Thursday, October 13, 2011

extremities krill damp

Posted by PicasaFeet and legs in Mount Pleasant.

There is a health food shop in The High Street where we buy porridge and Moroccan mint tea. It is  packed with foods and remedies of all sorts however which seldom fail to intrigue. Today there is a leaflet on the counter promoting krill oil. Krill I know is a minute crustacean found in cool seas in vast quantities. It forms a major if not exclusive part of the diet of whales which suck it in like huge vacuum cleaners as they glide through the water. The oil is, the leaflet assures, packed with Omega 3 fats which are good for your heart, brain and vision. Whales must find it helpful too.

It is said that Eskimo people have a large number of words for snow, determined by the different sorts of snow encountered in the Arctic.  It follows that the rich English language should have a similar number of words for rain, which is so important a component of the English climate. I can't thing of more than two - rain and drizzle. But this afternoon I can think of no word to describe what the air is full of. Not rain surely. It barely prickles the skin. But not mist either because it leaves a distinct layer of damp on face and clothes and under foot there is a sheen as though a fine spray has been applied.  It is warm and plants seem to respond by releasing resinous scents.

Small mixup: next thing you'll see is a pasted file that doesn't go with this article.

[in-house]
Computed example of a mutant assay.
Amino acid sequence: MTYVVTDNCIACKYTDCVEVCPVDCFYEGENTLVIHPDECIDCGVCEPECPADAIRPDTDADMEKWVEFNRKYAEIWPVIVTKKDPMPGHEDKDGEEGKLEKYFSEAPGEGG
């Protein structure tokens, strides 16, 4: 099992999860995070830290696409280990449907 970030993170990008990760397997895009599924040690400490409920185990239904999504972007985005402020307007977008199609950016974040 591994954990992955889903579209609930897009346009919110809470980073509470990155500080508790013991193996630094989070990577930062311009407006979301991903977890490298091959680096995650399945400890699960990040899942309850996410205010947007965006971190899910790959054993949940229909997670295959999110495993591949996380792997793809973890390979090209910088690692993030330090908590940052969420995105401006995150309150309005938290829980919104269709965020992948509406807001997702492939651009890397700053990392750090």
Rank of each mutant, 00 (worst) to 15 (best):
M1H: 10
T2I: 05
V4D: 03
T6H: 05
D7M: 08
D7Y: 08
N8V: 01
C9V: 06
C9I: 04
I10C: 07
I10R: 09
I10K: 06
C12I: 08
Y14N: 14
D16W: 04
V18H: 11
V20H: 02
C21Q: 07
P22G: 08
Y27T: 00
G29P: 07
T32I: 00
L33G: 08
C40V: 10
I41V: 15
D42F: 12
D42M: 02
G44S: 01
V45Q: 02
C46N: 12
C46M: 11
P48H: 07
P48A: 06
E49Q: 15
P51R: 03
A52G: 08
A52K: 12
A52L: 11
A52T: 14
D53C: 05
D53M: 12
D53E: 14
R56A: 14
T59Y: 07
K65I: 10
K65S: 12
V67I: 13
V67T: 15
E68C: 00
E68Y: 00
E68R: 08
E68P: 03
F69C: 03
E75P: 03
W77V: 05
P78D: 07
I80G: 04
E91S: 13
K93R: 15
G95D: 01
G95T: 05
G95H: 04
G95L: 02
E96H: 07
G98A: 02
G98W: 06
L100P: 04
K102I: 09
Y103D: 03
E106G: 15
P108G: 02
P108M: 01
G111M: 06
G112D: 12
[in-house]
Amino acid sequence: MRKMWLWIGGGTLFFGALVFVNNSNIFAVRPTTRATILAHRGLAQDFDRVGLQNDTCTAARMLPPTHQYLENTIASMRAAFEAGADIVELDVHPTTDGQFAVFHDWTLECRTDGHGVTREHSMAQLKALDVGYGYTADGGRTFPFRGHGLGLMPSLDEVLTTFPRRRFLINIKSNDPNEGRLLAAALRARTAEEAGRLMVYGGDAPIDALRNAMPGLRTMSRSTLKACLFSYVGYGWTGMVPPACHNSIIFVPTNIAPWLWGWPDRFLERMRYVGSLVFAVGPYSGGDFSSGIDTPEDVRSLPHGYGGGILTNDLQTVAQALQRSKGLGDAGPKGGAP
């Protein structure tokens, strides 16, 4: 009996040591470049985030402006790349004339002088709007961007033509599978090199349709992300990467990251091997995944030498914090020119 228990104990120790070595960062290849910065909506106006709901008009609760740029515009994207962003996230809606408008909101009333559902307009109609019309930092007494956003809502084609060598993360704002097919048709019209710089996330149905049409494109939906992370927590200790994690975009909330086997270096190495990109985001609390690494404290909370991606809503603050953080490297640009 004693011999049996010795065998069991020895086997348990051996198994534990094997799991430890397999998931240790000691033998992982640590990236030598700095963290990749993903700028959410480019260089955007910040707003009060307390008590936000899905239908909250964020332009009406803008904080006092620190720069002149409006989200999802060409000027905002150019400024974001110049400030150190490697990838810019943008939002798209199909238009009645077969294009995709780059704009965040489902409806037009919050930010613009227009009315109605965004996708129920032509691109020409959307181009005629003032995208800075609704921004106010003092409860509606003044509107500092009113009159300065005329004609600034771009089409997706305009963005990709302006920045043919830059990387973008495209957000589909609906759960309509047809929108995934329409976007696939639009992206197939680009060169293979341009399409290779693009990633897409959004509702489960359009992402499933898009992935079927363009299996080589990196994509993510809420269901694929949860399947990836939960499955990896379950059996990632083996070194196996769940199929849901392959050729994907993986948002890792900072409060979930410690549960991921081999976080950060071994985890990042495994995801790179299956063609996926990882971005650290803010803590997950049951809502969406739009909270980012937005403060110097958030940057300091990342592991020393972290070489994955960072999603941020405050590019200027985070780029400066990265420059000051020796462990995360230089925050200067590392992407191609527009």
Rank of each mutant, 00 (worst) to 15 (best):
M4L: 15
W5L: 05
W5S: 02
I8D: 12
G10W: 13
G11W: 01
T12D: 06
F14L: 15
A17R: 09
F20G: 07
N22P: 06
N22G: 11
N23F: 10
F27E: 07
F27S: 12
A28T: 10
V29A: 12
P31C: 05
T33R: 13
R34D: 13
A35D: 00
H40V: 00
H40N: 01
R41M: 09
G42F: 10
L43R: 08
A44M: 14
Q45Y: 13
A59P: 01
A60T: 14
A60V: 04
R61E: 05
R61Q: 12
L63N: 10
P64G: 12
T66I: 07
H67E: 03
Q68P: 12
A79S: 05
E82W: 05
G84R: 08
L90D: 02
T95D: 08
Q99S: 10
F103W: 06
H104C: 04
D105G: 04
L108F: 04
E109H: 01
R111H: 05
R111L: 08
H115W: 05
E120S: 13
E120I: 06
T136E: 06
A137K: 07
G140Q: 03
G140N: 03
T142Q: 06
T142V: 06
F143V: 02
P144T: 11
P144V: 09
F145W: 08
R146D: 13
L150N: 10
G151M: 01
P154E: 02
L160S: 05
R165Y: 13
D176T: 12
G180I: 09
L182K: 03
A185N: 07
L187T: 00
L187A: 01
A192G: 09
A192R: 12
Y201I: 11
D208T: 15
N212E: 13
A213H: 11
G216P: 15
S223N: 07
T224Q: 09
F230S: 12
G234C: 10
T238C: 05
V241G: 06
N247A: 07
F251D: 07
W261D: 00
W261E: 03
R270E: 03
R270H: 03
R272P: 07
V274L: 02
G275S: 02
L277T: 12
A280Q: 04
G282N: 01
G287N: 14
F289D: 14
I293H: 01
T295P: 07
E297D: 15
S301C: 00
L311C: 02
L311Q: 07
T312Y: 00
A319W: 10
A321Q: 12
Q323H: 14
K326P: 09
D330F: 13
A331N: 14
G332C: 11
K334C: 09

Lucy said...

Haar? Not sure if it is what yo7u describe, but I've always liked the word.

Unknown said...

Lovely word Haar. Thank you. A cold sea fog, says one dictionary. What I was talking about was sparse warm mist a sort of reluctant spray.